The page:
Putin’s Vertical Power Disaster
Russian media started reporting the forest fires in bits and pieces in mid-July, but it only became a full-blown story when Prime Minister Vladimir Putin visited the burned down village of Verkhnyaya Vereya in the Nizhny Novgorod region. He ordered that each fire victim receive the generous sum of 3.5 million rubles ($117,500) in compensation for new housing.
It had seemed that the forest fires, a common phenomenon in Russia, would pass relatively unnoticed this year. But by the time the suffocating smog from the burning forests and peat bogs covered Moscow, the authorities were facing a barrage of questions about the effectiveness of Putin’s power vertical.
State-controlled television revealed as little information as possible to the public about the fires and smog. Its primary goal was to prevent panic. This eerily reminded me of how the Soviet government reacted to the Chernobyl explosion in April 1986. In a similar manner, the authorities withheld information about the extent of the nuclear fallout to “avoid panic.” As a result, thousands of people were exposed to nuclear radiation when they should have been immediately evacuated from the contaminated area.
Nobody knows for sure how many people have died or been hospitalized because of this summer’s smog. While almost every senior bureaucrat has spoken opaquely of only a “modest increase” in the death rate since the fires and smog began, there is one bureaucrat — Andrei Seltsovsky, head of Moscow’s health department — who has gone against the grain of self-
censorship and given figures that appear somewhat closer to the truth. “The average death rate in the city during normal times is between 360 and 380 people per day. Now we have about 700,” he said Monday. Meanwhile, Internet sites are reporting a several-fold increase in deaths, and morgues have filled to capacity.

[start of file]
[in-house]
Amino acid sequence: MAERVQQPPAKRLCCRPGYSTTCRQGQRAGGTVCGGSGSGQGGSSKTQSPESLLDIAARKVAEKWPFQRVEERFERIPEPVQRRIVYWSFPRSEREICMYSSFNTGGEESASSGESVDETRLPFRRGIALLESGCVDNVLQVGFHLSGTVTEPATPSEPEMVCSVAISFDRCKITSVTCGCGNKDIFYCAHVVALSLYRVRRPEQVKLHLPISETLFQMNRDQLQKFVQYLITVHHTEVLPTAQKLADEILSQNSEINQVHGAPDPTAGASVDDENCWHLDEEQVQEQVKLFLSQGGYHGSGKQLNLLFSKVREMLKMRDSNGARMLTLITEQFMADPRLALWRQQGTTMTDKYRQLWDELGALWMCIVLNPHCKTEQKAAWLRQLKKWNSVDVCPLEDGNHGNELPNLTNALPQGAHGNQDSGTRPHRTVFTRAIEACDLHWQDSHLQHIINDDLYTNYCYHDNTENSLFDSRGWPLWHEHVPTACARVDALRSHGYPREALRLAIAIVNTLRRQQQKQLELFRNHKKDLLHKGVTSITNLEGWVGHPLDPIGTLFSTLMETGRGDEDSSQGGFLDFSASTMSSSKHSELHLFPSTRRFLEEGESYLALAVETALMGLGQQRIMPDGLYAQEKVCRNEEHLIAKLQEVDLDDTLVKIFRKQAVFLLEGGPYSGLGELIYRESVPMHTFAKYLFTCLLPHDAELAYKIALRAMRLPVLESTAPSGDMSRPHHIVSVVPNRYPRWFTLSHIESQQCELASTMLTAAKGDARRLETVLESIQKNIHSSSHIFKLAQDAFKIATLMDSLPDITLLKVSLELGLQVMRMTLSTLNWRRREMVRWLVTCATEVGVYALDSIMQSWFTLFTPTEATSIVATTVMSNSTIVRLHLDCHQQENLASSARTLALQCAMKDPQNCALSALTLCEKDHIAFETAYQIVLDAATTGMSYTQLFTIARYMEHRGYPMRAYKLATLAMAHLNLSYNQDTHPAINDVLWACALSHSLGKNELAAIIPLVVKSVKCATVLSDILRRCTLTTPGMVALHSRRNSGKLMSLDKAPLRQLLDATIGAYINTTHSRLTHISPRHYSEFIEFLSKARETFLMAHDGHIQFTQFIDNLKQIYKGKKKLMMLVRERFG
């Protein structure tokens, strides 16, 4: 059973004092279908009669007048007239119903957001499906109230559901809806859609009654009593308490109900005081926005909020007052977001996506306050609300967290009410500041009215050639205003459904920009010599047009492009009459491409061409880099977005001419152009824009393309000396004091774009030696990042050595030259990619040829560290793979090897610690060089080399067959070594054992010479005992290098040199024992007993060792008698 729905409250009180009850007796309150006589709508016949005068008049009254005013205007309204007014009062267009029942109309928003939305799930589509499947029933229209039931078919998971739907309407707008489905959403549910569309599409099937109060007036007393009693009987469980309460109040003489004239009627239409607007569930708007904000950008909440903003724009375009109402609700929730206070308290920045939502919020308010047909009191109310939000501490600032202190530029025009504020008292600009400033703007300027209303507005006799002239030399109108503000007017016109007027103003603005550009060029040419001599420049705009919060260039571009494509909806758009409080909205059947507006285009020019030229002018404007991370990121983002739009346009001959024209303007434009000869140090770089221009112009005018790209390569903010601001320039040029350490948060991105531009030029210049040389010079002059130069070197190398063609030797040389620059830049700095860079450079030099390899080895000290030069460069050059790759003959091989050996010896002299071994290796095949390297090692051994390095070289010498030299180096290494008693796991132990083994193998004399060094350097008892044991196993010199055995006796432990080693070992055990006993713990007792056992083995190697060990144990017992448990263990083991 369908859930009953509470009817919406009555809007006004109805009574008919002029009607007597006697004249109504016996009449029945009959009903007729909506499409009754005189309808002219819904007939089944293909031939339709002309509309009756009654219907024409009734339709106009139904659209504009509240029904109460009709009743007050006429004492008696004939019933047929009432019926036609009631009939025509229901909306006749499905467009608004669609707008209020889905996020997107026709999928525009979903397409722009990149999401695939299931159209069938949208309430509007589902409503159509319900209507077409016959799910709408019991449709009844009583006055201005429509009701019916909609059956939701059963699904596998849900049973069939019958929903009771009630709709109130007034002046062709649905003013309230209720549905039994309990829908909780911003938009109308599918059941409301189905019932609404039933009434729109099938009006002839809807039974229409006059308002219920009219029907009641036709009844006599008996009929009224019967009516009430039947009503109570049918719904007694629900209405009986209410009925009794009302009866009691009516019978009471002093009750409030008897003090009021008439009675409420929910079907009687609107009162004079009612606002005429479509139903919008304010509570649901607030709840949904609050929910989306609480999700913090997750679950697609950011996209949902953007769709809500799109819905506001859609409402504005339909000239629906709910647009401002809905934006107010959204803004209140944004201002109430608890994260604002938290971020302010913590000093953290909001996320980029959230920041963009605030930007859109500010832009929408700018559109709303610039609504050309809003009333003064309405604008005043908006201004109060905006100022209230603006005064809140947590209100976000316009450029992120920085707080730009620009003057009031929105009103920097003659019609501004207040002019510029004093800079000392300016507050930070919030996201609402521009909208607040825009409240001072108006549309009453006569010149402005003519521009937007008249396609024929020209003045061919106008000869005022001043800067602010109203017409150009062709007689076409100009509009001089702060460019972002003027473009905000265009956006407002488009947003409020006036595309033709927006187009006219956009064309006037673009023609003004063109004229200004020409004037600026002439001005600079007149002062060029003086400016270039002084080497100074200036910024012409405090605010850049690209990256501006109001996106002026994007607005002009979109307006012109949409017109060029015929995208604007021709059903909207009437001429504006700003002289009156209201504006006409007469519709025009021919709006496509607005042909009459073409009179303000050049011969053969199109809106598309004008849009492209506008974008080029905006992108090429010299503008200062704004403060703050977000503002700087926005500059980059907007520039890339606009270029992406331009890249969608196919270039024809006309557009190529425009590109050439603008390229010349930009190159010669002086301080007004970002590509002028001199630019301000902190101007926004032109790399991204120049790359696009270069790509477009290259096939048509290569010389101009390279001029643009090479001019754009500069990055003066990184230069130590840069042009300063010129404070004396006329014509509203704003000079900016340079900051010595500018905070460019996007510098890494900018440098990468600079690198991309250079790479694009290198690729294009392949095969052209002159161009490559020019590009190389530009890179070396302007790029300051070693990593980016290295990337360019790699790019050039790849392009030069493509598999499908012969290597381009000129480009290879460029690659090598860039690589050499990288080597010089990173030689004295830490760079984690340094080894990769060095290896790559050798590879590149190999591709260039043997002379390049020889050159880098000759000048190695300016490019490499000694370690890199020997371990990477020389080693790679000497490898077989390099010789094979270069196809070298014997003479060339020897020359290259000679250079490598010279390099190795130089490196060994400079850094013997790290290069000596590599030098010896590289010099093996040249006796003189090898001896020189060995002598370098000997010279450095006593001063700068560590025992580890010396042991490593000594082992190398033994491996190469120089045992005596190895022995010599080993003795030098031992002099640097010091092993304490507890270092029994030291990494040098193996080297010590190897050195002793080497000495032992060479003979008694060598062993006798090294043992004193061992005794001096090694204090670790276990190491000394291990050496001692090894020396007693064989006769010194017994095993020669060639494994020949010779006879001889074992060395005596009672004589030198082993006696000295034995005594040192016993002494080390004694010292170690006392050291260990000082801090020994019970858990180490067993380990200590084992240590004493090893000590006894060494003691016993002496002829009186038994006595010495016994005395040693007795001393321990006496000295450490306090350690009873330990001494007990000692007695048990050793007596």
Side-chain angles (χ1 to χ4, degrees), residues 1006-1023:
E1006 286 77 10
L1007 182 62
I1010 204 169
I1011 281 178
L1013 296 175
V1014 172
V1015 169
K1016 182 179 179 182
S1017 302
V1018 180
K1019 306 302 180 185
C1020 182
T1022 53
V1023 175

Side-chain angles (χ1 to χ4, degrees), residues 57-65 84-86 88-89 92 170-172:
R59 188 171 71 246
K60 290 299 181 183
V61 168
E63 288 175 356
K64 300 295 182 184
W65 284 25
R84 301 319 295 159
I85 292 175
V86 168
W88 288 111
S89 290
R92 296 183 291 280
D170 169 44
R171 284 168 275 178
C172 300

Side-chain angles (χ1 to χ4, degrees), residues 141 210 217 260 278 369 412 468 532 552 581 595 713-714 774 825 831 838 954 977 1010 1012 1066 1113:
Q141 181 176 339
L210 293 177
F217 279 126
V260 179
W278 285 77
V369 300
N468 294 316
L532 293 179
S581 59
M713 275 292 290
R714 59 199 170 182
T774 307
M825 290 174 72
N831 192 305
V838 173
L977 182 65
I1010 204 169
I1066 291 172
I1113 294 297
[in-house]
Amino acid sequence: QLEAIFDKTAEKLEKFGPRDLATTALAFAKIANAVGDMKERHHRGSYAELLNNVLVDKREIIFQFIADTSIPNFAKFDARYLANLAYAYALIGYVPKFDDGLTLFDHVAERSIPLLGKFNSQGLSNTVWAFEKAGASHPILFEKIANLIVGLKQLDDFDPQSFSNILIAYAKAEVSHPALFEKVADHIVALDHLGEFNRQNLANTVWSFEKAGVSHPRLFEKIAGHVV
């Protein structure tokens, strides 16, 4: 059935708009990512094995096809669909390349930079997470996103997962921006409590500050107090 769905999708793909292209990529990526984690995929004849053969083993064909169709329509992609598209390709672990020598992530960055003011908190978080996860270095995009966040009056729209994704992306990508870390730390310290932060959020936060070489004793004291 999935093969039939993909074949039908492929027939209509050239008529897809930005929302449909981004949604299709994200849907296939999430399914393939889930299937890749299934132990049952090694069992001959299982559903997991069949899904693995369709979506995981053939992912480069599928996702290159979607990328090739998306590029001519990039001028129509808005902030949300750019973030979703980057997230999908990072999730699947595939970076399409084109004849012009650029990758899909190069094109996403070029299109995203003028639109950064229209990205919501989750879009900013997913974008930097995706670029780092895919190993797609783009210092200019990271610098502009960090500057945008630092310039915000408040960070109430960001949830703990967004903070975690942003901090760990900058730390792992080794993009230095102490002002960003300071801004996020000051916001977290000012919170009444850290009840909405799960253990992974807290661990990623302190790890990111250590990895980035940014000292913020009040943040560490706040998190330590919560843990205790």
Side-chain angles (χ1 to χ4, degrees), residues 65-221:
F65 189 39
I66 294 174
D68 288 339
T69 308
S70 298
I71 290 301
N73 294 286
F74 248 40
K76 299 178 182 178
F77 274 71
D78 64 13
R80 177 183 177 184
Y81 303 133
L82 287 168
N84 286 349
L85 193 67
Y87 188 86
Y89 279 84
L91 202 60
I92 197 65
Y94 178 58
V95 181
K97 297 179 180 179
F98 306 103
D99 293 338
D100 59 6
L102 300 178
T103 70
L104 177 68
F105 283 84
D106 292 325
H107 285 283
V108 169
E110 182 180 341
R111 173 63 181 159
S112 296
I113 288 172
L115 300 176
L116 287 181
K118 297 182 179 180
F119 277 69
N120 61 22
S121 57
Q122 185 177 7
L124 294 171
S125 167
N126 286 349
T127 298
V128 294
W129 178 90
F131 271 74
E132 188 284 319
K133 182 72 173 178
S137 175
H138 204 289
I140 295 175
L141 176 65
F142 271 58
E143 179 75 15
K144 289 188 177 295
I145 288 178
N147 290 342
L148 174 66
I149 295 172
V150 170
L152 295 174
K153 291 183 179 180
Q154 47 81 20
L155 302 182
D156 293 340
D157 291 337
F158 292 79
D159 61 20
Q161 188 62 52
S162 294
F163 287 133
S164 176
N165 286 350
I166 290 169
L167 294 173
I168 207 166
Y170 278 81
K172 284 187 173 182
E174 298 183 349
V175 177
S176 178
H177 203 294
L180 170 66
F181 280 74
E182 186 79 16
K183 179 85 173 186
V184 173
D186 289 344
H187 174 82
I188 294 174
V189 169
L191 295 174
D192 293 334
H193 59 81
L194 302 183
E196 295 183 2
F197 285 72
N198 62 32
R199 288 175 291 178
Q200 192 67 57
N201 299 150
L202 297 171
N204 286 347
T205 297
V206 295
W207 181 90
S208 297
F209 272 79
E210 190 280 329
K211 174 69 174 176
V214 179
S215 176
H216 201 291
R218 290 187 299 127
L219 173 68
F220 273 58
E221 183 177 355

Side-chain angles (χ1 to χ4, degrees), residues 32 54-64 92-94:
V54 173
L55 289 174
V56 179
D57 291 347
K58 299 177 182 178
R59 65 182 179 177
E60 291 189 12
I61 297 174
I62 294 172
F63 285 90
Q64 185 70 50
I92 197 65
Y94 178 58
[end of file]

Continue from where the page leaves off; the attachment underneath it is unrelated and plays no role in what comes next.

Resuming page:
At the same time, the Moscow city authorities have made no special efforts to alleviate people’s suffering. In similar crises in the West, police officers and national guards pass out bottles of water on the streets to the elderly and others suffering from heat exhaustion and illnesses complicated by smog. This was not done in Moscow. In addition, nobody installed air conditioners in hospitals, where they were badly needed. To make matters worse, Mayor Yury Luzhkov did not return from his European vacation until Sunday, when most of the heat- and smog-related problems had already passed. And, as always happens in Russia in such situations, pharmacies ran out of face masks.
Russia’s leaders finally came up with the idea to mobilize the army to fight fires at the end of July, after the fires had already spread across almost all of European Russia. Even then, official figures show that no more than 10,000 soldiers were assigned to fight the fires. Defense Minister Anatoly Serdyukov ordered the transfer of water supply units from the North Caucasus to Moscow only after burning peat bogs had already suffocated millions of Muscovites for a full week.
As it turns out, Russia has only six amphibious aircraft that could be outfitted for airborne firefighting. The satellite images of fires raging across the country have been provided by U.S., not Russian, satellites. On the basis of the Forest Code, which was rubber-stamped by United Russia in the State Duma in 2007, the once-centralized, nationwide fire protection and firefighting system was virtually destroyed. All firefighting responsibilities were blindly handed over to municipalities, but without the necessary funding.
A blogger under the name top_lap from the Tver region wrote about the deplorable state of Russia’s infrastructure in an open letter to Putin. This blogger’s village lacked even a bell to ring to warn authorities when a fire breaks out, its water reservoir for fighting fires has been filled in, and its only firetruck has disappeared. This is typical of thousands of towns and villages across the country.
The summer fires and smog underscore the woeful inability of the country’s leaders to act swiftly and effectively under such conditions, not to mention their complete failure to mobilize additional resources and people to coordinate their actions with nongovernmental and volunteer organizations. In a country that once had an enormous and effective civil defense system with bomb shelters in every town, people on the front lines of the fires today lack the most basic of resources: water reserves, shovels, sand and fire extinguishers.
If the current power vertical is the best Putin can offer in terms of managing a crisis, it is frightening to think what might happen if we are faced with a catastrophe that is much more serious than forest and peat bog fires.